One of the first decisions Theresa May made on becoming Prime Minister after the Brexit referendum was to approve the manufacture of four replacement submarines for our Trident nuclear weapons system. She argued that it would be an “act of gross irresponsibility” for the UK to abandon the continuous-at-sea weapons system, continuing the logic that a submarine which cannot be traced is an invisible force for retribution which would deter an aggressor.
I’ll pass on the issue of whether or not we should have nuclear weapons. That’s a different and important point to argue. What I’d like to highlight here is that whilst the concept that a nuclear submarine was undetectable may have been valid in the 1960s, it’s no longer the case. The countries that signed up to the principle of Mutually Assured Destruction now have the technology to know exactly where each other’s submarines are. So what is Trident meant to be protecting us from?
Ever since the cold war, when the military brass came up with the idea of spending billions hiding nuclear missiles in submarines, they’ve also been spending billions on developing techniques to work out where their enemies’ submarines are. If they could do that, so their logic goes, they could nuke those submarines as part of their pre-emptive strike and live happy, if paranoid, lives ever after. The first the general public heard of any of this was probably in the film “The Hunt for Red October”. Although that was fiction, facts about submarine tracking began to appear in 1987, when the US Senate threatened to ban Toshiba from selling any of their products in the US after it emerged that a Norwegian company had sold Toshiba’s high precision milling machines to Russia.
The connection between improved metal milling and tracking submarines is that submarines are generally located by the noise they make. Their propellers generate cavitation bubbles as they drive through the water, producing a very characteristic sound which is specific for each propeller and can even be used to identify individual submarines. The more accurately you can machine the propeller, the quieter the submarine becomes, and the more difficult it is to detect. Until the mid 1980s, US submarines were far quieter, but at that point they noticed a new generation of soviet subs, which were far more difficult to find. Various countries were blamed for selling the Russians better technology, but Toshiba got the short straw and was vilified in the US, with a group of Republican senators going as far as staging a public smashing of a Toshiba stereo. It meant that the affair became front page news, with the public learning for the first time that it might actually be possible to track a nuclear submarine.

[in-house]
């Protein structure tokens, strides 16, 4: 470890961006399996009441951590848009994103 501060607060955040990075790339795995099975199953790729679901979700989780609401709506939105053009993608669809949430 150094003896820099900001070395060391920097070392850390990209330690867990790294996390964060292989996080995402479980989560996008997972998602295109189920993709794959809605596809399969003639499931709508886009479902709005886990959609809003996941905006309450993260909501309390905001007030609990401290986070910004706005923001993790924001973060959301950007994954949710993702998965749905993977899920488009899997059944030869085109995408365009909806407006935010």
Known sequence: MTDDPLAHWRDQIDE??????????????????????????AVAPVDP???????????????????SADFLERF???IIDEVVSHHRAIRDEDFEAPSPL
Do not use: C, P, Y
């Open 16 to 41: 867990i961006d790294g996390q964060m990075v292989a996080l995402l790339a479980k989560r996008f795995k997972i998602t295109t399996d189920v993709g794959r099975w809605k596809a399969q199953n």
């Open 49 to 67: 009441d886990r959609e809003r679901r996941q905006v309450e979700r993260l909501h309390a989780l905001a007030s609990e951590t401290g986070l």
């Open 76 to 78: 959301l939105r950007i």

Most military technology which involves hiding something is a cat and mouse game, where countries try to outwit each other in a technical rat race. For the past fifty years, every nation with a submarine fleet has been developing hydrophones – underwater audio sensors which pick up the characteristic noise that submarines make. They get towed behind ships and are deployed in underwater arrays to try and track enemy submarines. As hydrophones became more sensitive, submarine designers tried to combat this by making quieter submarines, even dispensing with propellers and replacing them with propulsors and direct drive electric motors. That means that nuclear submarines have still been able to hide, for at least some of their time at sea.
In the last decade the technology equation between stealth and detection has started to become unbalanced, moving in favour of the trackers. The reason for that comes from the concentration of work that is happening in smartphones and the IoT. Sensors work by detecting a signal, usually by some mechanical means, then amplifying it. Further information can be extracted by gathering information from multiple sensors and analysing the collection of signals. The explosive growth of smartphones has galvanised research and development in sensors and the accompanying data analytics. They’ve become smaller and as a result can often be much more sensitive, producing a far larger signal in relation to the background noise. At the same time the data analytics which is being developed for IoT applications is able to extract almost invisible levels of information from arrays of sensors.